Wednesday, April 6, 2011
Update from David
Aloha to our Ohana,
Much has taken place since the last update so let's start where we last left off -- with the final few days of Theresa's healing journey at Craig Hospital in Englewood, Colorado. As with the previous week, the last couple of days here were mostly spent on testing and range-of-motion measurements to compare with those taken in January when Theresa first arrived. In most cases, the repeat testing shows improvement in physical, occupational and cognitive functions and pretty much confirms what we already know in our hearts; our Lord's healing powers have graced Theresa and allowed her to regain so many of her faculties in so short a time. For this among many other reasons, we continue to show our praise and gratitude.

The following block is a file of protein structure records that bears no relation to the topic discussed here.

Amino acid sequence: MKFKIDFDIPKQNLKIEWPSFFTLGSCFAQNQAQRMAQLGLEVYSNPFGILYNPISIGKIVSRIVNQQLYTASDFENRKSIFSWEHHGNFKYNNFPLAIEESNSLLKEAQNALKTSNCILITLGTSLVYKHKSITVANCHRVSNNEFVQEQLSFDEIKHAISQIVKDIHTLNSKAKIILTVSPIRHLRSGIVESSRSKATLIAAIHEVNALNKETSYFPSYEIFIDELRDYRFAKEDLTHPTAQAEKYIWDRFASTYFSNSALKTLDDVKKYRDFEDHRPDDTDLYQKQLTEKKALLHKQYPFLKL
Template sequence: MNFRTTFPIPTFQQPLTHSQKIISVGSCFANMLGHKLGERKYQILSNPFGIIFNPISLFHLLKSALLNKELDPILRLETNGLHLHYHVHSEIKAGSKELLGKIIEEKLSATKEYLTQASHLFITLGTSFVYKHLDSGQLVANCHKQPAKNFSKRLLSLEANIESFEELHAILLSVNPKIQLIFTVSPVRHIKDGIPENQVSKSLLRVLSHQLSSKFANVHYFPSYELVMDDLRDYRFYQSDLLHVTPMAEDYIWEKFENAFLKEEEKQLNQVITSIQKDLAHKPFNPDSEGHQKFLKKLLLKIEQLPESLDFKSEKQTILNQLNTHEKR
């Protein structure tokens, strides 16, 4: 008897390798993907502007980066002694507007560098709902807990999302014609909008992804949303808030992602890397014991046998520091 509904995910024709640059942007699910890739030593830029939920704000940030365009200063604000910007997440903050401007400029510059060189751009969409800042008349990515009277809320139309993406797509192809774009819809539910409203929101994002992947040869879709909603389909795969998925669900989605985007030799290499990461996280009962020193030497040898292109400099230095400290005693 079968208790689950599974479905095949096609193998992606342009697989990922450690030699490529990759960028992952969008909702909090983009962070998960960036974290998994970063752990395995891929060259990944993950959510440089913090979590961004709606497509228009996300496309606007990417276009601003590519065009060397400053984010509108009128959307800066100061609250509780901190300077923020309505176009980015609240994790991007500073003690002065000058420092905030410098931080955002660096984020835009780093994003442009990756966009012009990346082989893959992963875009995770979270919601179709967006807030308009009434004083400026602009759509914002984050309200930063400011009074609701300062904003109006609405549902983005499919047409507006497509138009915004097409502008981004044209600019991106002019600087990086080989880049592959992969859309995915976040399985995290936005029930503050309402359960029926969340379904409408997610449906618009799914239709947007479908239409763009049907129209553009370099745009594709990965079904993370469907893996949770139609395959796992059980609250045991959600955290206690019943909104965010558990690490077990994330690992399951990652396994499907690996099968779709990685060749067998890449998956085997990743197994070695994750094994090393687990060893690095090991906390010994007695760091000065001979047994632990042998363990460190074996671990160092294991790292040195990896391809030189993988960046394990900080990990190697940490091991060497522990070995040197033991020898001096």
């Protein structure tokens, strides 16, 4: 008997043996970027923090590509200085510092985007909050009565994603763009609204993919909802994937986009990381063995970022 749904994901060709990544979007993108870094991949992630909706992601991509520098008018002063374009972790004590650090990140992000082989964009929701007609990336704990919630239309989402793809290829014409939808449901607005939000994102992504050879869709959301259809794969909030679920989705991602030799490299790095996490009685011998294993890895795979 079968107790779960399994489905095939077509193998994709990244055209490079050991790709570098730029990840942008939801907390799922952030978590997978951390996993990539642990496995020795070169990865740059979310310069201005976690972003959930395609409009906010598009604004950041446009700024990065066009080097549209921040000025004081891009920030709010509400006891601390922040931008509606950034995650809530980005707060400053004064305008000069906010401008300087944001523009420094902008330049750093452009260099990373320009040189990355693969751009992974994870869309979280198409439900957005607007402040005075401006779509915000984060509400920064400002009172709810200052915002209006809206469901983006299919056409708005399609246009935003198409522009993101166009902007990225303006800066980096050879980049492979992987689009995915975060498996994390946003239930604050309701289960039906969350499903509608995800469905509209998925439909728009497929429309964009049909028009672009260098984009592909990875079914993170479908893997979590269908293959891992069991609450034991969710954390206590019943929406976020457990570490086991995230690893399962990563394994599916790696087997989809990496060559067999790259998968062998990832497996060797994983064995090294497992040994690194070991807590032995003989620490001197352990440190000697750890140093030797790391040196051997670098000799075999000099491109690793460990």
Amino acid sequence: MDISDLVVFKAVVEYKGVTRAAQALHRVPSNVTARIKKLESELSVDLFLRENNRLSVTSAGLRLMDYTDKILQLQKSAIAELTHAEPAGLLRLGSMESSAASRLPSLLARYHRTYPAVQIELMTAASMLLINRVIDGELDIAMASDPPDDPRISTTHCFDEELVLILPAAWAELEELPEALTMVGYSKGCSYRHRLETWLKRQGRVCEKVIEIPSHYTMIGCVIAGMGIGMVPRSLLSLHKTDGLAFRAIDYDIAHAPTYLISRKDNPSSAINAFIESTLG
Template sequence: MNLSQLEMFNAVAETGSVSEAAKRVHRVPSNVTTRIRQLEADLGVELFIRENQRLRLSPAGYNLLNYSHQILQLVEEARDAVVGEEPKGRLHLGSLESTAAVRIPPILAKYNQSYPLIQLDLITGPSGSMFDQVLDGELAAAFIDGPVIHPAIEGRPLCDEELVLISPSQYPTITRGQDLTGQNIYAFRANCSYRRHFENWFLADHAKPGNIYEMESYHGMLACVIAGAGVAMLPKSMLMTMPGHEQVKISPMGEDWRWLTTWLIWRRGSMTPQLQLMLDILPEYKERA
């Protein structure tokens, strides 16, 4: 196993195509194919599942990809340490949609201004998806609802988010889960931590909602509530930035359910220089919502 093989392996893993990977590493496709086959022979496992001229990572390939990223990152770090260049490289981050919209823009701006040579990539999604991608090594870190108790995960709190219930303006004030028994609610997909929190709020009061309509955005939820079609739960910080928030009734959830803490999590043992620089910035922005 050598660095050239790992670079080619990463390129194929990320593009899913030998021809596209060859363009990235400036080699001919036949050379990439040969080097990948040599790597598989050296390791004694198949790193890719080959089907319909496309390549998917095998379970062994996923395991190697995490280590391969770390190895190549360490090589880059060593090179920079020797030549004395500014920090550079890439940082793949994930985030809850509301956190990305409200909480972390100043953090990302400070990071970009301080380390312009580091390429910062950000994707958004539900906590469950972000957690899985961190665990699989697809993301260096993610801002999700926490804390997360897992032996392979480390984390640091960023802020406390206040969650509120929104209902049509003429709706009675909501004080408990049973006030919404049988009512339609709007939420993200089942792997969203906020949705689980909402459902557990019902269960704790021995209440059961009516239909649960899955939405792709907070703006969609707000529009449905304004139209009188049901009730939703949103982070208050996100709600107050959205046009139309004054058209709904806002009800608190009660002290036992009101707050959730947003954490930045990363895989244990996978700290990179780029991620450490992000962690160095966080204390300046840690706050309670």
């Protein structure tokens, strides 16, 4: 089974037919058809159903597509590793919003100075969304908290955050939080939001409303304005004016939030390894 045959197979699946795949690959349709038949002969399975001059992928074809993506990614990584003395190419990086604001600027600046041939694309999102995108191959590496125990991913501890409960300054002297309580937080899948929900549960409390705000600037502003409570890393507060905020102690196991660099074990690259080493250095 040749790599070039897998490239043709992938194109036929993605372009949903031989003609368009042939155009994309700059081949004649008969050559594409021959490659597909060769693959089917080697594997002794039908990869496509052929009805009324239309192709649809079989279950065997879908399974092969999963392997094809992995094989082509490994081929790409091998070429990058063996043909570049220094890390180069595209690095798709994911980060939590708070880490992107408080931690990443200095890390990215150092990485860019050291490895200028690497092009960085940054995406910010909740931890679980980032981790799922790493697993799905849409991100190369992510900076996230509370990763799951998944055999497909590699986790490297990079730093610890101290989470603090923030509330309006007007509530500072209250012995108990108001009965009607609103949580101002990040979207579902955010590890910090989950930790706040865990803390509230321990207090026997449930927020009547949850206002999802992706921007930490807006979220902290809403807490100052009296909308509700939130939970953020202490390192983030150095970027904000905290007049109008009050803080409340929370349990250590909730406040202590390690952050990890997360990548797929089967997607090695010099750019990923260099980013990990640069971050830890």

In addition to the testing, the final few rehab sessions were also geared towards teaching us skills we would need for the transfer to the next facility. Not only does Craig Hospital have state-of-the-art exercise and rehab equipment but there is also a room dedicated to teaching transfer techniques between wheelchair and common modes of transportation. The previous week, we had learned how to move from the wheelchair to a car and now it was time to transfer to an airplane seat. For those who have seen those narrow aisle wheelchairs at the boarding gate, moving from wheelchair to that contraption was the first lesson. We completed it successfully and then Theresa learned how to transfer to an airplane seat. Having now learned all we could in the short time remaining, there was a feeling of nostalgia and sadness that we would be leaving behind all of the dedicated and caring staff at Craig Hospital. Theresa's almost 3-month stay here made her a long timer and it showed as there were only two other patients remaining from her arrival time. The staff had a small graduation party for Theresa and a few others leaving this week and it touched everyone's heart when Theresa unexpectedly gave a farewell and thank-you speech. We will miss everyone at Craig Hospital and know that we cannot thank them all but here is a short list of those that truly made a difference: Alan, Kent, Holly, Katie, another Katie, Megan, Celeste, Maureen, Pat, Karen, Eric, Marisa, Jules, Avy, Kelly, Tina, Jim and Candi. Without your loving care, Theresa would not have progressed as far and for that we are truly thankful. We hope to see you at the one year check-up and will bring sufficient chocolate covered Kona coffee mac nuts for all to enjoy.